Electric dreams: autos disruption and energy storage potential
Nick Anderson & Hamish Chamberlayne, portfolio managers for Henderson’s Global SRI strategy, discuss ‘electrification’ and why it could be one of the most powerful disruptors for the autos market and for energy storage companies.
Whether the established car companies want to accept it or not, the recent scandal surrounding Volkswagen may only just be the beginning of an increased regulatory burden for emissions-producing vehicles. Climate change has the potential to be one of the most defining investment issues of our times: currently transport contributes to 23% of global greenhouse gas emissions, making it a significant target for government curbs. This risk presents an opportunity for companies at the forefront of pioneering new energy technologies.
Driving a change in leadership within autos
We believe that ‘electrification’ will become the most powerful disruptor in the autos market. The advances in lithium-ion (Li-ion) battery technology mean that fully electric vehicles are becoming a more viable option for the average consumer in terms of cost, range (distance per charge), and driving experience (eg, low noise, zero emissions, greater internal space), such that they could threaten the dominance of combustion engines and traditional auto manufacturers within the next 10 years.
We think the most exciting entrant into the market is California-headquartered Tesla Motors, incorporated in 2003 with the primary goal of accelerating the adoption of sustainable transport by commercialising electric vehicles – initially for the luxury segment but with ambitious expansion plans for the mass market. Electric cars are on a declining cost curve, as battery technology becomes cheaper, whereas traditional cars are on a rising cost curve as environmental legislation and emissions regulations become tighter. Crucially, Tesla’s battery costs are expected to decline by up to 60% over the next five years.
Tesla and Panasonic: a powerful partnership
Tesla is planning to increase its vehicle production to a staggering 500,000 cars per year by 2020. In order to secure sufficient battery supplies, it is partnering with Japanese electronics giant Panasonic in building a ‘gigafactory’, which will double global Li-ion battery manufacturing capacity. Due to begin commercial production in 2016, the Nevada facility will be powered by renewable energy, allowing it to be a ‘net zero energy’ factory. The completion of the gigafactory, together with Tesla’s expansion plans into energy storage solutions for utility providers (electric grids) and the home market, is a significant source of upside for both Tesla and Panasonic, both of which we hold in our global portfolios.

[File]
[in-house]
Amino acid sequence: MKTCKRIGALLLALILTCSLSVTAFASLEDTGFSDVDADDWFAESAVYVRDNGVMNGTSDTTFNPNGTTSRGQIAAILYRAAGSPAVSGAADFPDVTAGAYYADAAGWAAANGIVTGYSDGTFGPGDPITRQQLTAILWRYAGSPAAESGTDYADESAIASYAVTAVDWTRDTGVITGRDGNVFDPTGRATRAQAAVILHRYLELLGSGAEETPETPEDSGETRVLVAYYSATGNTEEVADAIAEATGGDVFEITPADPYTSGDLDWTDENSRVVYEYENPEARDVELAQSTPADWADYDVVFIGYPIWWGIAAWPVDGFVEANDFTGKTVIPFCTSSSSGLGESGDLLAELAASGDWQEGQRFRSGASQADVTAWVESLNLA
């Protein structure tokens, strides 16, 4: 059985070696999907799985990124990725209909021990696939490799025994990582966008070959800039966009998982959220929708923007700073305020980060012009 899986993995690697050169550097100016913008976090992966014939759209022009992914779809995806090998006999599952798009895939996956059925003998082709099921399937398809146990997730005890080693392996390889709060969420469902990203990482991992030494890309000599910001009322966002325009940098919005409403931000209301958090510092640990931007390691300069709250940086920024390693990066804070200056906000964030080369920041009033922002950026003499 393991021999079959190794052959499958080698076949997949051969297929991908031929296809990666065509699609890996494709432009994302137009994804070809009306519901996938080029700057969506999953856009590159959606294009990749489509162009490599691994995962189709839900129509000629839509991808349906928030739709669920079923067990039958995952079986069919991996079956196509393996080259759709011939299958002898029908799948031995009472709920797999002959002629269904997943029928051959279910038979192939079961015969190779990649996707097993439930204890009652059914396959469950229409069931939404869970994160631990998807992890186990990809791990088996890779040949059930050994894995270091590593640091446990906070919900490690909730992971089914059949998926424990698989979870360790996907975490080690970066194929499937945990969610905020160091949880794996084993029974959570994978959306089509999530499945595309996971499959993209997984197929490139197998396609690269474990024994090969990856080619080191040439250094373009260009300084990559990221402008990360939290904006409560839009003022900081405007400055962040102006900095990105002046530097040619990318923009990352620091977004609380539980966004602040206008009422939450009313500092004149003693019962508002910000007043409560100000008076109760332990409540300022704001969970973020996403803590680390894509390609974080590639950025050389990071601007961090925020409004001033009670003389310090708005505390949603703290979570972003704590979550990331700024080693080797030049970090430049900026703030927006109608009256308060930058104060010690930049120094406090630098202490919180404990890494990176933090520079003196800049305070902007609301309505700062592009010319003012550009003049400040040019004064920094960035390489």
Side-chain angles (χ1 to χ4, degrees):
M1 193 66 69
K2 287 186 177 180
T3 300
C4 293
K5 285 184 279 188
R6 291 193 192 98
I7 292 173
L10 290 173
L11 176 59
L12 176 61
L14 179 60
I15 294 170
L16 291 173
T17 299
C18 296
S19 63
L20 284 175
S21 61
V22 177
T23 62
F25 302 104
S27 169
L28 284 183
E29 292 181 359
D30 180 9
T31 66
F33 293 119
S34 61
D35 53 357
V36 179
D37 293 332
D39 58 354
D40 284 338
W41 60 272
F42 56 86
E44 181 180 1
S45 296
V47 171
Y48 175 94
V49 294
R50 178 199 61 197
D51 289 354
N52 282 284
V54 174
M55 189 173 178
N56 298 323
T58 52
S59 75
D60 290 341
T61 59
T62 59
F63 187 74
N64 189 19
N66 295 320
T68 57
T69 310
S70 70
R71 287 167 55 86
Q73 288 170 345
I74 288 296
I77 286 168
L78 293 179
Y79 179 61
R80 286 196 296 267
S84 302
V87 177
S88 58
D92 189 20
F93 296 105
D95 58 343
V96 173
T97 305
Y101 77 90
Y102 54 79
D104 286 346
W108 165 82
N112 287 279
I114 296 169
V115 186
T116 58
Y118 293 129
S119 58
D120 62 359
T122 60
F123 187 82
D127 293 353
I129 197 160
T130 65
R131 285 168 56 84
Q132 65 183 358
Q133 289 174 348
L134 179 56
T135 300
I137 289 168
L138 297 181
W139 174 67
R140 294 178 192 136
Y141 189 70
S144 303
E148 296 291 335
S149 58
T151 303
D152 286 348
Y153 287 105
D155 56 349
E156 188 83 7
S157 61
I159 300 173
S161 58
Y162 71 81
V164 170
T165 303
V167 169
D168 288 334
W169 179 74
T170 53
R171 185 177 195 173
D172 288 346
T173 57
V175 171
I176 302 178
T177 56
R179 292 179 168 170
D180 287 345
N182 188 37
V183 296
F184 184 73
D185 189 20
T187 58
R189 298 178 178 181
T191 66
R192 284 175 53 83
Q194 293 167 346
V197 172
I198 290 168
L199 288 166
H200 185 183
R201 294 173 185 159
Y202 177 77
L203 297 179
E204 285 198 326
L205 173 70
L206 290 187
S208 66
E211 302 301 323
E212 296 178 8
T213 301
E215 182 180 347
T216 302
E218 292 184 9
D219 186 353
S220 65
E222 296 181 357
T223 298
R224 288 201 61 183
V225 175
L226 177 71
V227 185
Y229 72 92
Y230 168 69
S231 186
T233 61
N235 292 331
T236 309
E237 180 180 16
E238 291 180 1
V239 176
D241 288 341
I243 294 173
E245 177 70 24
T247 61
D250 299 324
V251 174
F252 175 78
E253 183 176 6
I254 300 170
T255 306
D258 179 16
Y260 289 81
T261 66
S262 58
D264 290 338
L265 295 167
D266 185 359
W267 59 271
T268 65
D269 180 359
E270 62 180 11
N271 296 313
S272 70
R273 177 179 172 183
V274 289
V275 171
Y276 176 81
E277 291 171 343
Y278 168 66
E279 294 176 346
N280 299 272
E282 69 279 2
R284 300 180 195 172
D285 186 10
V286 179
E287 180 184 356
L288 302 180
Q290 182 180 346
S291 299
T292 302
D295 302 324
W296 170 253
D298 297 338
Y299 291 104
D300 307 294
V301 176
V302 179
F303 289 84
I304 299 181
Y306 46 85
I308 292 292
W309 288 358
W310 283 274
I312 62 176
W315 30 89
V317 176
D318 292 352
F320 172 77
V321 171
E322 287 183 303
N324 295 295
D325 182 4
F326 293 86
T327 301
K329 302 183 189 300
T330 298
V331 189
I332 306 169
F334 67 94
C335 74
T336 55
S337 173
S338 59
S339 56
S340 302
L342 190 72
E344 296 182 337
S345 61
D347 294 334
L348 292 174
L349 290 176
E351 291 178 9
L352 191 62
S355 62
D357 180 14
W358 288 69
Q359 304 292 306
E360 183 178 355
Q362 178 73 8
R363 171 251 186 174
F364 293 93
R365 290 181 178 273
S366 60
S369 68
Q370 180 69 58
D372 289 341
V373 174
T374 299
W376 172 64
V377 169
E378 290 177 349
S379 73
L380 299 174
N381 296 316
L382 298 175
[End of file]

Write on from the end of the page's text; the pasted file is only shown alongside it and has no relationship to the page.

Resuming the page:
Increased efficiency for electric grids
The economics of using batteries for energy storage is becoming even more compelling as the world transitions to a lower carbon economy. One of the key hurdles in the past has been the cost of storage solutions, but advancements in Li-ion chemistry and increased manufacturing capacity, which yields economies of scale, are continuing to drive down prices.
The main buyers of Tesla’s rechargeable ‘Powerpacks’ are expected to be large industrial customers. Utilities are a key market because storage solutions enable the more efficient use of energy already generated; they are better at meeting customer demand at peak times and do not waste generated energy at times of lower demand.
What makes Tesla’s Li-ion batteries really attractive for industry is that they are compact – for example, they fit into existing substations without necessitating additional land purchases – and they are very quick and easy to install. They also partner perfectly with renewable energy technologies – as they help smooth the peaks and troughs associated with variable output from solar and wind farms. Considering all of these benefits, it is perhaps not surprising that Tesla’s CEO, Elon Musk, has said that half of the world’s power plants could potentially be shut down by effective stationary storage.
Climate change to continue to impact profitability
At present Tesla sits within our Sustainable Transport theme, but given the possible growth in demand for its energy storage solutions, there could well be a case for it moving to the Cleaner Energy theme as time progresses. Regulatory and technological risks associated with climate change are already beginning to impact capital market returns, and we think this will continue – as shown in the chart below by the rising share price of firms developing new technologies such as Tesla, and the falling prices of carbon producers, such as US coal company Peabody Energy.
Chart: disruption and carbon risk – already here
Source: Henderson Global Investors, Datastream, data as at 30 September 2015. Past performance is not a guide to future performance. References made to individual securities do not constitute or form part of any offer or solicitation to issue, sell, subscribe or purchase the security.
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